Neil Curtis is Head of Museums in the University of Aberdeen, including responsibility for Scottish history and archaeology, and Programme Director for Museum Studies. His research has included repatriation and the treatment of human remains, and studies of Scottish museum history, including Treasure Trove in Scotland. Associate of the Museums Association, Convenor of University Museums in Scotland and a former Vice-President of the Society of Antiquaries of Scotland.
Jacob O’Sullivan is the Museums Galleries Scotland (MGS) representative on the panel. MGS is the National Development Body for the museum sector in Scotland, working collaboratively to invest in and develop a sustainable museum and galleries sector for Scotland, in line with the aims of ‘Going Further: The National Strategy for Scotland’s Museums and Galleries’. As Collections and Engagement Manager, Jacob works with museums across Scotland to support collections management and engagement with collections. Prior to working at MGS, Jacob was Curator of the Large Objects collections at the Highland Folk Museum, Newtonmore. He has also worked with National Museums Northern Ireland and Cregneash Folk Museum in the Isle of Man (where he is from). He studied at Queen’s University Belfast, and the University of Ulster.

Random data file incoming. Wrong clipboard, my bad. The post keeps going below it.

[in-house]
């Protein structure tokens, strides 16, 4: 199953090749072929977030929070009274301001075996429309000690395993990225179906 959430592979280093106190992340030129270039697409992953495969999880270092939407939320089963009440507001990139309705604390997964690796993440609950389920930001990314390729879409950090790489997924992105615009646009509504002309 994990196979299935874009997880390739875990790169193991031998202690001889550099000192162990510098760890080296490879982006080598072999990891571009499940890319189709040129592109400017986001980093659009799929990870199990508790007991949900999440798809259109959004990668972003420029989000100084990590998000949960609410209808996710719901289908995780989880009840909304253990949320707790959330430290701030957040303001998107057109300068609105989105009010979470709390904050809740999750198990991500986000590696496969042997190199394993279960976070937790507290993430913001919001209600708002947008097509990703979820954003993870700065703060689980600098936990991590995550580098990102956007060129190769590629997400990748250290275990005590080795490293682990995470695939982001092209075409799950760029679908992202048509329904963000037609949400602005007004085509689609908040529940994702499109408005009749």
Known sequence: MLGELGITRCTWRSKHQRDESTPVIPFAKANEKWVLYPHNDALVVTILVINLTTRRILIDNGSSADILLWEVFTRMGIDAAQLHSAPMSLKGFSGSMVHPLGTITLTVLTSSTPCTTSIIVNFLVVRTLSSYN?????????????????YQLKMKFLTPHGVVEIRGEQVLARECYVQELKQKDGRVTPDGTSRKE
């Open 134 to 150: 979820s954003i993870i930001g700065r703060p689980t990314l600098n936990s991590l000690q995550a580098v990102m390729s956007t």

Paul Macdonald is an Edinburgh based custom sword and knife-maker and historical fencing master.
His research is focused on Scottish and European arms and armour and historical martial arts, exploring the cultural developments, construction and craftsmanship of various arms alongside combative methods and pedagogy. He maintains close ties with museums and historical and military organisations through research and public presentations.
Paul has a keen interest in metal detecting, is a member of the Scottish Detector Club and Chairman of battlefield archaeology group, Conflicts of Interest.
Trained as an archaeological conservator, Richard Welander has worked in Scottish archaeology for more than 30 years. He has extensive field and post excavation conservation experience, managing the Ancient Monuments Laboratory in Edinburgh until its closure in 1992. The author of Historic Scotland’s operational policy on ‘The Treatment of Human Remains in Archaeology’, he has had a long interest in the evidential preservation of all excavated finds, serving for many years on the former Finds Disposal Panel and, as its last chairman, overseeing the successful transfer of its function to the Treasure Trove Unit.